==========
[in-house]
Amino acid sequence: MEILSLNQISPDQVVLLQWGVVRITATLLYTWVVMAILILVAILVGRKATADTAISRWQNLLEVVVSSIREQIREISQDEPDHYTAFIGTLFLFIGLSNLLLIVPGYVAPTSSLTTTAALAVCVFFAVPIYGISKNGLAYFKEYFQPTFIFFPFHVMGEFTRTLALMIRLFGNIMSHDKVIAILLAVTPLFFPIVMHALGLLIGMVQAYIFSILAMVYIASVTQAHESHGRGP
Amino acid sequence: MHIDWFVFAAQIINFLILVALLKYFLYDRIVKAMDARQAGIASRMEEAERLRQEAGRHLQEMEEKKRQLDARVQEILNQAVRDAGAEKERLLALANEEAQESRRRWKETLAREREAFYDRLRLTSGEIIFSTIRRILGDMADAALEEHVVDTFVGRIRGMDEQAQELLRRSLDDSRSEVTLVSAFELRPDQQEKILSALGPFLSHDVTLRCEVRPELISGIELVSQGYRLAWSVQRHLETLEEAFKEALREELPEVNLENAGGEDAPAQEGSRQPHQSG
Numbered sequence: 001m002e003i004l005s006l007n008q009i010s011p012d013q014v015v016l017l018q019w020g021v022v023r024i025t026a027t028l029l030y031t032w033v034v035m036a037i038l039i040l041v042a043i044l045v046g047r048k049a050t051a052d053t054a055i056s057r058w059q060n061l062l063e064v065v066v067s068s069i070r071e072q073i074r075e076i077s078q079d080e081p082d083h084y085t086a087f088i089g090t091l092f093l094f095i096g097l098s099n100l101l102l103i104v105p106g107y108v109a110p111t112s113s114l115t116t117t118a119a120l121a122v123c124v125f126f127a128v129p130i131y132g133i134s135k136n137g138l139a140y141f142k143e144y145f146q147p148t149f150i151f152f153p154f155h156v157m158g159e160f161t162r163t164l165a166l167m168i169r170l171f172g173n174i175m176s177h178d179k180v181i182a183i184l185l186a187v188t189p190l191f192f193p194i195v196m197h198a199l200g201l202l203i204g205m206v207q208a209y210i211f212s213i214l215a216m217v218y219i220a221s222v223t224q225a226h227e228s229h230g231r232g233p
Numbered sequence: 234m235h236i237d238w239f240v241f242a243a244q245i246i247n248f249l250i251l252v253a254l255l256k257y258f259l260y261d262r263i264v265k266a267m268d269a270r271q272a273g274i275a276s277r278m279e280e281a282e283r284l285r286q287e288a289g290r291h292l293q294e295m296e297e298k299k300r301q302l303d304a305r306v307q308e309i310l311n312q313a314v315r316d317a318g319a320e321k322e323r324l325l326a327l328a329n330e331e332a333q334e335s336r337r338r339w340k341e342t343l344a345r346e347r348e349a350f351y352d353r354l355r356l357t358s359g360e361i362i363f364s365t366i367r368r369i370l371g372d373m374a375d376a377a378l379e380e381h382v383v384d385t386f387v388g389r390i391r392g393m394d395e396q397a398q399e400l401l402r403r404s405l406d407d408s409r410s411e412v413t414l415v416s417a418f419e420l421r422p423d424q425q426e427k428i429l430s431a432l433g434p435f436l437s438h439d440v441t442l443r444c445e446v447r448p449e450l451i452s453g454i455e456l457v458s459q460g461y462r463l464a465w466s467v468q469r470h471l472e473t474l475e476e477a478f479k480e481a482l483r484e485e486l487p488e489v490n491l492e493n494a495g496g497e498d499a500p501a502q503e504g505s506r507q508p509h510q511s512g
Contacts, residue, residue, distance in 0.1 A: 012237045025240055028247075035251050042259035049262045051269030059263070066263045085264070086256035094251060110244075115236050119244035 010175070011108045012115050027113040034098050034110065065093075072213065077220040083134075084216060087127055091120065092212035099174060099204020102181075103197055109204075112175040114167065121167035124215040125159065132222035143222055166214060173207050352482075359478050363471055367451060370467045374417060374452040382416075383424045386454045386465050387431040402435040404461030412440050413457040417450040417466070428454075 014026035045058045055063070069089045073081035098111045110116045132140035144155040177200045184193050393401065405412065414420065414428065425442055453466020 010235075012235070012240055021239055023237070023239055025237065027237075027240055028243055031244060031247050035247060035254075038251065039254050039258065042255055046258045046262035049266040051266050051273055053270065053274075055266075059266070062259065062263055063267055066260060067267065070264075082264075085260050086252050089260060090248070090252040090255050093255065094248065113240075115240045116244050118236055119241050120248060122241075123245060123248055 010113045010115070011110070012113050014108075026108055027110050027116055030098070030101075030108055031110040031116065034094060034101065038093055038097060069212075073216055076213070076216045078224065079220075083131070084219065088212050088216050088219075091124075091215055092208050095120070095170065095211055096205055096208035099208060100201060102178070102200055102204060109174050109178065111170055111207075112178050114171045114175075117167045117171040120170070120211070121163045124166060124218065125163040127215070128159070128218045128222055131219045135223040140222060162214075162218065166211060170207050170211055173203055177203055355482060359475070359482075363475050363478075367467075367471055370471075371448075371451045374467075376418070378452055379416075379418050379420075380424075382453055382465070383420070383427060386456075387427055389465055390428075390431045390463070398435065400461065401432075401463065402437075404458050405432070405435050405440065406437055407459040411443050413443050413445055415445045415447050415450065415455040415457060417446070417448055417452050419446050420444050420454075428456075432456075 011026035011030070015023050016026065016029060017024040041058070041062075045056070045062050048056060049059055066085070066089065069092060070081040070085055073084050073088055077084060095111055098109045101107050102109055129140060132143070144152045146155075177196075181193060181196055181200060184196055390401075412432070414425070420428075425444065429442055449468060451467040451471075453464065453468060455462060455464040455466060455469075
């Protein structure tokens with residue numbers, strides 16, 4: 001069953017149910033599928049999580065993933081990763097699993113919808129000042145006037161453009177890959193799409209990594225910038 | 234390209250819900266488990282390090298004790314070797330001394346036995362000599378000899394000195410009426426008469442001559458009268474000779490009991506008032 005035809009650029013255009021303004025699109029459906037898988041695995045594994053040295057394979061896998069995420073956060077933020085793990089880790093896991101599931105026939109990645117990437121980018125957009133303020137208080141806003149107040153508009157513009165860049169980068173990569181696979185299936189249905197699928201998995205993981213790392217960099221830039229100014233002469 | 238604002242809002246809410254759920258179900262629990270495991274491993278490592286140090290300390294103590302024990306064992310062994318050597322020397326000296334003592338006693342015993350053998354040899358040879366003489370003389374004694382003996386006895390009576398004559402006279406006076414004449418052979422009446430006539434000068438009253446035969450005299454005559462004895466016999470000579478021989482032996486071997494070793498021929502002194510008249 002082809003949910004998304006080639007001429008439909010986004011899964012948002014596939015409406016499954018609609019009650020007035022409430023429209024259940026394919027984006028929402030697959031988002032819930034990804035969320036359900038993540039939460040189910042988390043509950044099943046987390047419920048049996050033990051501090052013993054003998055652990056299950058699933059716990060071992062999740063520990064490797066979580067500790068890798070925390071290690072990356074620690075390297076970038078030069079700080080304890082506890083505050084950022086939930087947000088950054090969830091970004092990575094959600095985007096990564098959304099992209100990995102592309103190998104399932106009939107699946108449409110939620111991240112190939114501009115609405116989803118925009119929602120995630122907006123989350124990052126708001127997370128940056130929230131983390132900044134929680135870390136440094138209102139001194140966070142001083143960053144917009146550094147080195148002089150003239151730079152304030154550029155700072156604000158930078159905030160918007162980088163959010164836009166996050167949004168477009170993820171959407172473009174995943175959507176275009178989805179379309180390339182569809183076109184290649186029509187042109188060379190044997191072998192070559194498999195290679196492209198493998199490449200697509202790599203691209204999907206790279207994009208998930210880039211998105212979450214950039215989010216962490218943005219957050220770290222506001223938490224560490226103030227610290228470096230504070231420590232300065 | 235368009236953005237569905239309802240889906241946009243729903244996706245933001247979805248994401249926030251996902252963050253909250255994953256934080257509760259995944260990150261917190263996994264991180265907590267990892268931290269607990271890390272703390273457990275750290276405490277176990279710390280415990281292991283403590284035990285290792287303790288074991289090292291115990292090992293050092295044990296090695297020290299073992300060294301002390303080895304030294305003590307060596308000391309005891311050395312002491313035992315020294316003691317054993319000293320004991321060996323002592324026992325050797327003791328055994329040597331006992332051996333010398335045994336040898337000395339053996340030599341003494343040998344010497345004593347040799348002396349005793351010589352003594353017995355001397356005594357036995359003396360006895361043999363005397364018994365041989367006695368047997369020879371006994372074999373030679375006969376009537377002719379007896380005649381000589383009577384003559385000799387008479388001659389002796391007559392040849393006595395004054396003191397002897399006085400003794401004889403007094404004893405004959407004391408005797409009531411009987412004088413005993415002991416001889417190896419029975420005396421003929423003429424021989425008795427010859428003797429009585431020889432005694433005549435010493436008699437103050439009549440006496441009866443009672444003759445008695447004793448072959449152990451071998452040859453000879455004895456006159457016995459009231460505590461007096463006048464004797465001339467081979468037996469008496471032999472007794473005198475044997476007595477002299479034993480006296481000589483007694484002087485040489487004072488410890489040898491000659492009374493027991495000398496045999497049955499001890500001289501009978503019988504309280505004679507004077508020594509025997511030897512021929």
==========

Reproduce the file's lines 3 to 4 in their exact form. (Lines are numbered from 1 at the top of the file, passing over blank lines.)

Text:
Amino acid sequence: MHIDWFVFAAQIINFLILVALLKYFLYDRIVKAMDARQAGIASRMEEAERLRQEAGRHLQEMEEKKRQLDARVQEILNQAVRDAGAEKERLLALANEEAQESRRRWKETLAREREAFYDRLRLTSGEIIFSTIRRILGDMADAALEEHVVDTFVGRIRGMDEQAQELLRRSLDDSRSEVTLVSAFELRPDQQEKILSALGPFLSHDVTLRCEVRPELISGIELVSQGYRLAWSVQRHLETLEEAFKEALREELPEVNLENAGGEDAPAQEGSRQPHQSG
Numbered sequence: 001m002e003i004l005s006l007n008q009i010s011p012d013q014v015v016l017l018q019w020g021v022v023r024i025t026a027t028l029l030y031t032w033v034v035m036a037i038l039i040l041v042a043i044l045v046g047r048k049a050t051a052d053t054a055i056s057r058w059q060n061l062l063e064v065v066v067s068s069i070r071e072q073i074r075e076i077s078q079d080e081p082d083h084y085t086a087f088i089g090t091l092f093l094f095i096g097l098s099n100l101l102l103i104v105p106g107y108v109a110p111t112s113s114l115t116t117t118a119a120l121a122v123c124v125f126f127a128v129p130i131y132g133i134s135k136n137g138l139a140y141f142k143e144y145f146q147p148t149f150i151f152f153p154f155h156v157m158g159e160f161t162r163t164l165a166l167m168i169r170l171f172g173n174i175m176s177h178d179k180v181i182a183i184l185l186a187v188t189p190l191f192f193p194i195v196m197h198a199l200g201l202l203i204g205m206v207q208a209y210i211f212s213i214l215a216m217v218y219i220a221s222v223t224q225a226h227e228s229h230g231r232g233p